Everyone knows that residents in retirement communities are not meant to draw attention to themselves and typically spend their days quietly playing bingo, walking their dogs or sipping tea on their balconies.
Everyone, that is, apart from their residents themselves.
A recent viral video from New Zealand has illustrated how retirement community residents love pulling silly pranks and generally refusing to ‘act their age’.
Retirement village operator Ryman last week released a video showing a group of Auckland retirement village residents re-creating Justin Timberlake’s video for Can’t Stop The Feeling shot-by-shot.
The video was filmed over a week during a coronavirus shutdown period and features 35 residents from three different villages.
Norris Aitken, the 79-year-old former bank manager who played Timberlake, said the video showed people “there’s life after retirement and there’s plenty of fun still to be had”.
Given the blanket media coverage and huge number of views of the above video (11,000 and counting), we’d thought we would bring you a list of four of the other silliest pranks by retirement community residents.
Victoria’s naughty calendar girls
In 2019, a group of female Victorian aged care residents - aged 75 to 99 - caused a storm by posing in the nude for a calendar.
According to aged care provider Lifeview, the idea behind the calendar came from the residents themselves, who were very keen to try their hand at modelling but "even more eager to show some skin".
Lifeview CEO Madeline Gall said:"This calendar is playful, it is creative and most of all it demonstrates you are never too old to experience something new”,
“We truly believe in giving residents the opportunity to live out their ideas and for this photoshoot they really gave it their all; there was nothing holding them back, or in for that matter.”
Mr Gall said the calendar photographer "was patient when poses couldn’t be held for long, when instructions couldn’t be heard without yelling or when teeth accidentally popped out of the glamorous models’ mouths!”
Retirement village party shut down due to noise complaints
In March 2020, a party held at a Western Australian retirement village, had to be shut down by the local council due to multiple noise complaints.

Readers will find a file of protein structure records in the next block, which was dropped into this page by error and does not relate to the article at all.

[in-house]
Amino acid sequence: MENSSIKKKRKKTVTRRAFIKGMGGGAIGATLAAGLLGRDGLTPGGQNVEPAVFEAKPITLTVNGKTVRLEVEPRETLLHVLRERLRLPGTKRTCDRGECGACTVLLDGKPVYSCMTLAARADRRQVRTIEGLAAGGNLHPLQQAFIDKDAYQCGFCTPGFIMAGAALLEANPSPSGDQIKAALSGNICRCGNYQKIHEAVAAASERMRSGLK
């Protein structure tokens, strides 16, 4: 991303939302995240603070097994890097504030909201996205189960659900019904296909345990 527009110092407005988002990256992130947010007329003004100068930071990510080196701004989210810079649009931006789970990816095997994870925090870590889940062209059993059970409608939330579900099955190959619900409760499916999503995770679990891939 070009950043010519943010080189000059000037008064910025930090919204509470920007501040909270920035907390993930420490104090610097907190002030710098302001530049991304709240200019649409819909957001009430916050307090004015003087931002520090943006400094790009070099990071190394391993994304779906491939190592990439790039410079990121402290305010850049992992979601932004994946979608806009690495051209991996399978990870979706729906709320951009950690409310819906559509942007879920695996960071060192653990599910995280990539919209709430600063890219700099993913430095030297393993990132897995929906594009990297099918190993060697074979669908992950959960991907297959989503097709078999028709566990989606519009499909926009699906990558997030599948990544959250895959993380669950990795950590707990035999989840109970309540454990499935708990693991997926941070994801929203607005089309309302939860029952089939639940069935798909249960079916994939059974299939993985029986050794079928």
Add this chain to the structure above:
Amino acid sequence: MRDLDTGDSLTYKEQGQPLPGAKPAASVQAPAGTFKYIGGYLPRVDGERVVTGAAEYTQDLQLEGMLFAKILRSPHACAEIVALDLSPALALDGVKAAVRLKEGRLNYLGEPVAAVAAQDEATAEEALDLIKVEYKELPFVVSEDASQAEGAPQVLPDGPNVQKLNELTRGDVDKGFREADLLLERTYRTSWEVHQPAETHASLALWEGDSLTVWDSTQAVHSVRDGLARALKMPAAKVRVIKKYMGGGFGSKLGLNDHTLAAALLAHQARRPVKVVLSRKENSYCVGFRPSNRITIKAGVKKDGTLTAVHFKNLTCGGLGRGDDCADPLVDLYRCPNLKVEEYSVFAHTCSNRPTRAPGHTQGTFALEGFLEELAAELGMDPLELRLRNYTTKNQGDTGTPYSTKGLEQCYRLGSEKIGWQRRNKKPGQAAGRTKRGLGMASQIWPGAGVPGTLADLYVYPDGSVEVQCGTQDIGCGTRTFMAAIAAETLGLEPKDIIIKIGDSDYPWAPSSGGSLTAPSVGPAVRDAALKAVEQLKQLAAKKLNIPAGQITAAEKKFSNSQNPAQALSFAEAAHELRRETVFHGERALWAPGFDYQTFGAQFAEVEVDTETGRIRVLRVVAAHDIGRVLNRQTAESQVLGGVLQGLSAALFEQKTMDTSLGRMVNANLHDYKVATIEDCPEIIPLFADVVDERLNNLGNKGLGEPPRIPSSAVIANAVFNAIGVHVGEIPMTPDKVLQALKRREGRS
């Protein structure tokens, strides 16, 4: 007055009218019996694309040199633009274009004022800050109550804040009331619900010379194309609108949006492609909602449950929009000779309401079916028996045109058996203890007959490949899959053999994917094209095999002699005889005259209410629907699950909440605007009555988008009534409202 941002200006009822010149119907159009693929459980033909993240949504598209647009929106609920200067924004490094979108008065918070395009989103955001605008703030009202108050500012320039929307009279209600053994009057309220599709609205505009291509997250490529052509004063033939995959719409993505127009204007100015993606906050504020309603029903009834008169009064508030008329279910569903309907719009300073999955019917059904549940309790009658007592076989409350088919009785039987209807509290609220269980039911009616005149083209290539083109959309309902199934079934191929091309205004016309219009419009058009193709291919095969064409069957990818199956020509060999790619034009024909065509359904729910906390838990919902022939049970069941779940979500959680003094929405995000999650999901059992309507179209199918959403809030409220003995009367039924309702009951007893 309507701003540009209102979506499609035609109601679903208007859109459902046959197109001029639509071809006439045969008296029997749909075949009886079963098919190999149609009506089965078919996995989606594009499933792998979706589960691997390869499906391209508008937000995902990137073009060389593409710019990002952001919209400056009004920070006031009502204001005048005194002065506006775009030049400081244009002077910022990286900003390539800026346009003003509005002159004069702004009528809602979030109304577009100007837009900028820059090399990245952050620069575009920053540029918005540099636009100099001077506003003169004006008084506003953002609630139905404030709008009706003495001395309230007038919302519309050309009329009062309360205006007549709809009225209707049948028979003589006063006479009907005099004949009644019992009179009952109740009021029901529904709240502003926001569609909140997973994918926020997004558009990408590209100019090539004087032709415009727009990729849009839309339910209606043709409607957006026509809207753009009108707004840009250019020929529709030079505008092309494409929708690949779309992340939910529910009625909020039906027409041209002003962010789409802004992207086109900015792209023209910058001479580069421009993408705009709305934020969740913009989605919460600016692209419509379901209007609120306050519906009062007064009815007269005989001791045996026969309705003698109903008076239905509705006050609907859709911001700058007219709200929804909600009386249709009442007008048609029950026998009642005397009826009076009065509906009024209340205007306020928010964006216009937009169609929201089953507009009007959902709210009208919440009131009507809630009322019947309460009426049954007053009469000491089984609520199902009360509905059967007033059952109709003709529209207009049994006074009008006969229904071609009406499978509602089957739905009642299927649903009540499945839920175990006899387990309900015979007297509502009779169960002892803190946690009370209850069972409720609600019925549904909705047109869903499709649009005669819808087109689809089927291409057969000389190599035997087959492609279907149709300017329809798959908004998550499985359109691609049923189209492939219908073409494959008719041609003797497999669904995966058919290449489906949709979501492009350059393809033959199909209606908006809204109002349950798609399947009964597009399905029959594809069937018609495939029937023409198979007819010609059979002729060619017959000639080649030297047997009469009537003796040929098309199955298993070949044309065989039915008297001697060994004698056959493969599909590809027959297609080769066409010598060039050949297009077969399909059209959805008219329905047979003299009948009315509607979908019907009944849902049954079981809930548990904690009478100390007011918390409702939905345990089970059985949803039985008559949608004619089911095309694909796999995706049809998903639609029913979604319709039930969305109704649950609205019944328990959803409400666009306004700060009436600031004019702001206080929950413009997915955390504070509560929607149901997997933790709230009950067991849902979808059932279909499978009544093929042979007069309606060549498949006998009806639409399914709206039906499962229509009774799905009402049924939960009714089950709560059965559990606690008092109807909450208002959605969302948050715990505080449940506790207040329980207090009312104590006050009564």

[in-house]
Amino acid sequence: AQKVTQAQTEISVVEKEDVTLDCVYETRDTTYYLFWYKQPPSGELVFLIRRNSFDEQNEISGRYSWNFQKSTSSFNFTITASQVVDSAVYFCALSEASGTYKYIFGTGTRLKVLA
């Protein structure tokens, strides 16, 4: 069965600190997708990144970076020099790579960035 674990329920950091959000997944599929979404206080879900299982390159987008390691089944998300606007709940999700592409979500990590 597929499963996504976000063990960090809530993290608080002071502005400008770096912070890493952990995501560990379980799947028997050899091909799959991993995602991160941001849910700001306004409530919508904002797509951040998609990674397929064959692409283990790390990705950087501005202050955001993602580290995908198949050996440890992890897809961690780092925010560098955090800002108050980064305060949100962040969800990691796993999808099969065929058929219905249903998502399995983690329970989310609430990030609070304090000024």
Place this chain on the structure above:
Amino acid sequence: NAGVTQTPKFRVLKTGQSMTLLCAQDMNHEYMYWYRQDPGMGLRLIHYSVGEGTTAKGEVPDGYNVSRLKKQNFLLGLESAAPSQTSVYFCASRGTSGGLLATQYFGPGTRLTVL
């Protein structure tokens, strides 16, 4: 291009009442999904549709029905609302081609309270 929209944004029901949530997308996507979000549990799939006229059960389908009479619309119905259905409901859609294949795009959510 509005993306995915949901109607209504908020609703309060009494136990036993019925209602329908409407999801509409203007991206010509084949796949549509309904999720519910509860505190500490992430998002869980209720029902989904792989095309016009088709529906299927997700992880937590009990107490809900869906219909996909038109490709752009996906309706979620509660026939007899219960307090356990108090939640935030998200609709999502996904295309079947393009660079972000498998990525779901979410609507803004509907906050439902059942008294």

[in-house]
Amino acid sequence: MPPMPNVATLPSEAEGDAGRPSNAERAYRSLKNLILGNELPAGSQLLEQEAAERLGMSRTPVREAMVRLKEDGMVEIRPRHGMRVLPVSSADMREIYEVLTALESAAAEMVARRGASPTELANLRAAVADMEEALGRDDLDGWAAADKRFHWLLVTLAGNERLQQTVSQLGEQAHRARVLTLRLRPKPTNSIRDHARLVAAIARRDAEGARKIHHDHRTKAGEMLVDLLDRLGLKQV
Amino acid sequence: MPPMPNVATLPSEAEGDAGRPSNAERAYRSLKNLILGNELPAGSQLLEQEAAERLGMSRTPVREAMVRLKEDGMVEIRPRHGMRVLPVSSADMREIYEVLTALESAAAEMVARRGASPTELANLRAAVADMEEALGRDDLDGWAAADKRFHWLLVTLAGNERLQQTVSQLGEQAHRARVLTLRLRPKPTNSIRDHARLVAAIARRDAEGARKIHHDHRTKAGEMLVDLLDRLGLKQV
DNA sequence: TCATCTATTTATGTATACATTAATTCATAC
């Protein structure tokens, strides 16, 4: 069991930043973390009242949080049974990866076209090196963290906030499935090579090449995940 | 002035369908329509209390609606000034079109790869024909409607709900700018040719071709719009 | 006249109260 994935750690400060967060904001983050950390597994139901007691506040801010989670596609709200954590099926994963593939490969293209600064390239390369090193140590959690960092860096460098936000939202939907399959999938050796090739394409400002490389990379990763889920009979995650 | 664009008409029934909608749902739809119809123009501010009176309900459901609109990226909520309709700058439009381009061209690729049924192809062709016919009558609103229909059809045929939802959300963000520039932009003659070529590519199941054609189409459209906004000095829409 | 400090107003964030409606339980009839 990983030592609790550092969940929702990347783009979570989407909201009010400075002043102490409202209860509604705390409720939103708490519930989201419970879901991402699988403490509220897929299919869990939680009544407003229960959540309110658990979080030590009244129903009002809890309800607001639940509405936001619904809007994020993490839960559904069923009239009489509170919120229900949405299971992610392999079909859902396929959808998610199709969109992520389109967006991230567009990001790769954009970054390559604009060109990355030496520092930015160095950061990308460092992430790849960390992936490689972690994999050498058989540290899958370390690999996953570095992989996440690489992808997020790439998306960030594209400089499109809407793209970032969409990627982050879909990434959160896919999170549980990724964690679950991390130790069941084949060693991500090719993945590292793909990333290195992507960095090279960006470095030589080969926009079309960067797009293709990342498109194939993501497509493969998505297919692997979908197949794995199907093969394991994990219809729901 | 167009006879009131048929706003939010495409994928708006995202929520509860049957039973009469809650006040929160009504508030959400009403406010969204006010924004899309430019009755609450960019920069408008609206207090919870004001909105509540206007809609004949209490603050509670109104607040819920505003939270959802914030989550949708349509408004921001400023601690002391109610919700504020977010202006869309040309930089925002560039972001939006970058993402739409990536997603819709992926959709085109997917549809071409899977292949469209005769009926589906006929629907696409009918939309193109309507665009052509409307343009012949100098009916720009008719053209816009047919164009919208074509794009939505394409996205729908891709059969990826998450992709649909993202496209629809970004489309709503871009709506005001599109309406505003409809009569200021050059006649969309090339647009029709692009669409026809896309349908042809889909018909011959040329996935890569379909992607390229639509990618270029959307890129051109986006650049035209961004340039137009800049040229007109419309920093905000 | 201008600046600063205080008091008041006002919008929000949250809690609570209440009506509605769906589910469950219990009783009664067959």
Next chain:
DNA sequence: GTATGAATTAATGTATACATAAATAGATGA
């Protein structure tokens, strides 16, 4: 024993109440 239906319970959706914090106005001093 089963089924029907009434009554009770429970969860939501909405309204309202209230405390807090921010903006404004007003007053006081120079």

Ninety people attended the event, at the Karrinyup Lakes Lifestyle Village.
TV news footage showed retirees - some with walking sticks and walkers - enjoying a live band and dancing the night away to floor fillers such as John Paul Young’s “Love is in the air”.
That was until local rangers turned up at 10:30pm to shut the party down, after noise complaints.
A somewhat bitter party organiser Kerry Bessen later labelled the council rangers as the “fun police”.
Lifestyle community residents go the “full monty”
Also in March 2020, nine brave men from the Halcyon Greens lifestyle community in Queensland agreed to go “The Full Monty” to help raise awareness and funds for prostate cancer.
The fundraiser captured national public attention, appearing on television in Queensland and New South Wales and running in newspapers around the country.
The inspiration came from 1997 film The Full Monty which featured a group of unemployed mine workers from the northern England town of Sheffield who decide to strip to make some extra cash.
While Halcyon Greens’ dancers kept their speedos on (unlike in the rather more ribald film final scene) they did raise more than $6,000 at the event to ﬁght prostate cancer.
If you think you’ve seen a similar video to the aforementioned Justin Timberlake remake...well you have.
Back in 2016, residents from Ryman’s Julia Wallace retirement village on New Zealand’s North Island did their own take of Taylor Swift’s Shake It Off video.
Around 50 retirement village residents spent a week learning the words and moves, with the video since being viewed an incredible 12 million times. As you can see from the video, a few grandchildren also made a cameo appearance.
The average age of the retirement village residents who took part in the video was 82, with a combined age of….wait for it….4,000